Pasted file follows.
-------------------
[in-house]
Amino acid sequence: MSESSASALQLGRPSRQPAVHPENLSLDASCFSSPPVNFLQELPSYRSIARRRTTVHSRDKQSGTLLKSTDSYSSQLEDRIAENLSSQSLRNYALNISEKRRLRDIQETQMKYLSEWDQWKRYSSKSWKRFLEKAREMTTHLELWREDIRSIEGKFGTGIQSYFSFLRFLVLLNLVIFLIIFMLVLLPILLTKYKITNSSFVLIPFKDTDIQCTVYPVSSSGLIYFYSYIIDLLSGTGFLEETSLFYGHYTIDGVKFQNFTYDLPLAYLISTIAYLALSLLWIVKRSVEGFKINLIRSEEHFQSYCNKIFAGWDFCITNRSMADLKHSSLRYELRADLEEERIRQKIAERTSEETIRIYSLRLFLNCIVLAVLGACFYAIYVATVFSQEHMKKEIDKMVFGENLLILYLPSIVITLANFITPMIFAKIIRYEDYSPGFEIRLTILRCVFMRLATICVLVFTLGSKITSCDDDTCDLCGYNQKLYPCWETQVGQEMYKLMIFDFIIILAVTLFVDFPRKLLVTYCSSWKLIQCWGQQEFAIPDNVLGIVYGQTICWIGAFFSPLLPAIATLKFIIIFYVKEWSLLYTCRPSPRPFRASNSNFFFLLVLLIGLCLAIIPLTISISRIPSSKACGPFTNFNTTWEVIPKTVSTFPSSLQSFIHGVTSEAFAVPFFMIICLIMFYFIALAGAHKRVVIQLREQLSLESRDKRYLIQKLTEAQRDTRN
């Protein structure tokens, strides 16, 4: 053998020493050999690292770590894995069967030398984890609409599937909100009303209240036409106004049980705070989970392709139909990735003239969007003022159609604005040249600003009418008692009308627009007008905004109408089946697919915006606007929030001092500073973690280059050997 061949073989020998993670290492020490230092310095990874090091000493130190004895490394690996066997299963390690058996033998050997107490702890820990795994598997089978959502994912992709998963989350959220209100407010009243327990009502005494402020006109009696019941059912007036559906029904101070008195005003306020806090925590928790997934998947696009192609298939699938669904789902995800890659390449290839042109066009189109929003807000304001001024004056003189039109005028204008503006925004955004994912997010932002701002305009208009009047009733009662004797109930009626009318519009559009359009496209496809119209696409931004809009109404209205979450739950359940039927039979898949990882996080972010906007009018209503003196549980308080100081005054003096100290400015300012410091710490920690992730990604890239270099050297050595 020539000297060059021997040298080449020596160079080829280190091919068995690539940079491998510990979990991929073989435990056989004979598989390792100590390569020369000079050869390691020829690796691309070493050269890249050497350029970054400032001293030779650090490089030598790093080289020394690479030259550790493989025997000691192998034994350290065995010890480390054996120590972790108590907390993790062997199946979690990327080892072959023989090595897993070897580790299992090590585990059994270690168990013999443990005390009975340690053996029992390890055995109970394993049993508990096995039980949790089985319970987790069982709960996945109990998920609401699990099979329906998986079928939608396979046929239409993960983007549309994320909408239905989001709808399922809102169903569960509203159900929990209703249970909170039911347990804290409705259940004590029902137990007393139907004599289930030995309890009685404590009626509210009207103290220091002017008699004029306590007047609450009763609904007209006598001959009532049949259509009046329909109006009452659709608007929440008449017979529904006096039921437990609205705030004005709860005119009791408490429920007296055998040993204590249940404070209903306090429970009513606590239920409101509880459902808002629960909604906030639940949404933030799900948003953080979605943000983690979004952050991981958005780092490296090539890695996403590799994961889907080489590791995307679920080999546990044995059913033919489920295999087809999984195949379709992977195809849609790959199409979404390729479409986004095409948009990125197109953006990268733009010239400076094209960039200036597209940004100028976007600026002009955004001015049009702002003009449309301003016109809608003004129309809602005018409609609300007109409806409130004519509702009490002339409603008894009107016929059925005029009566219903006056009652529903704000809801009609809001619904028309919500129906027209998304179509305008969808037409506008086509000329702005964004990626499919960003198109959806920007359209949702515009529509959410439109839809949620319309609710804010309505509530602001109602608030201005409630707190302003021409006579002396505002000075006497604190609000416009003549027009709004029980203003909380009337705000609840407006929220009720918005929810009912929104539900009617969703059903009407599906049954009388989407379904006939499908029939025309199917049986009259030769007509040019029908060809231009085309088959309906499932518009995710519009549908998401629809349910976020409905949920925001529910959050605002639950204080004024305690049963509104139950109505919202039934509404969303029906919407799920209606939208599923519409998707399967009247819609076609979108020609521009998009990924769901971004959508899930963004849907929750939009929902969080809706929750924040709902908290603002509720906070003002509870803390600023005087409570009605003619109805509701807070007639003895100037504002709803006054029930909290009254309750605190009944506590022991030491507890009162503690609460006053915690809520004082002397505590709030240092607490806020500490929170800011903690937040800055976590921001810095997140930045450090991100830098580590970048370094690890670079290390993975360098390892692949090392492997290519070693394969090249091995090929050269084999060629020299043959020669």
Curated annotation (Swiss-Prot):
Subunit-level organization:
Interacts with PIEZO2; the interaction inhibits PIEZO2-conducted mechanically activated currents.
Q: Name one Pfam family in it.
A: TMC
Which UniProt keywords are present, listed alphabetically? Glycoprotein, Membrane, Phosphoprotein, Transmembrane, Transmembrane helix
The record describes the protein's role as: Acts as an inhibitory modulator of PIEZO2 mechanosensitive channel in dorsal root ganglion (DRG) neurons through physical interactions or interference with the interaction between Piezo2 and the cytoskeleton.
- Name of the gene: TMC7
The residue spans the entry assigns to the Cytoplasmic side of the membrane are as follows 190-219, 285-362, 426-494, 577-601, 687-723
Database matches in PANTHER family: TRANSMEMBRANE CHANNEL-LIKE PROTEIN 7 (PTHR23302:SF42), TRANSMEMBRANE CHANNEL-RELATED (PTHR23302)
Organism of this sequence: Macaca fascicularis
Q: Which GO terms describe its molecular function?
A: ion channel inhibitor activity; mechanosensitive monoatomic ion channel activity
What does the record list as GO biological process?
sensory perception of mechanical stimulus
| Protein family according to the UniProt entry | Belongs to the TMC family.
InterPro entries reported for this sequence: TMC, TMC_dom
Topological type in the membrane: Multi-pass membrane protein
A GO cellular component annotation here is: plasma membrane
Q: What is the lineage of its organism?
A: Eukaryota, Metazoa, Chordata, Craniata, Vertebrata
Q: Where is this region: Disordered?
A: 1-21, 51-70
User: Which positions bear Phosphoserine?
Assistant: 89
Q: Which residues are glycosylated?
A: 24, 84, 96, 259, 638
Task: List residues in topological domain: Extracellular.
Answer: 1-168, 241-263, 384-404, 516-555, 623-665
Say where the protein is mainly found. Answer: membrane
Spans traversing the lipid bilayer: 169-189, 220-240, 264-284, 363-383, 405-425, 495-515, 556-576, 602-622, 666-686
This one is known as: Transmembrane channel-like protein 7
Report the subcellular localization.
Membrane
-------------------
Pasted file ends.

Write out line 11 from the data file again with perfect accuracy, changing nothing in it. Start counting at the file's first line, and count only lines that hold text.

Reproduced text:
- Name of the gene: TMC7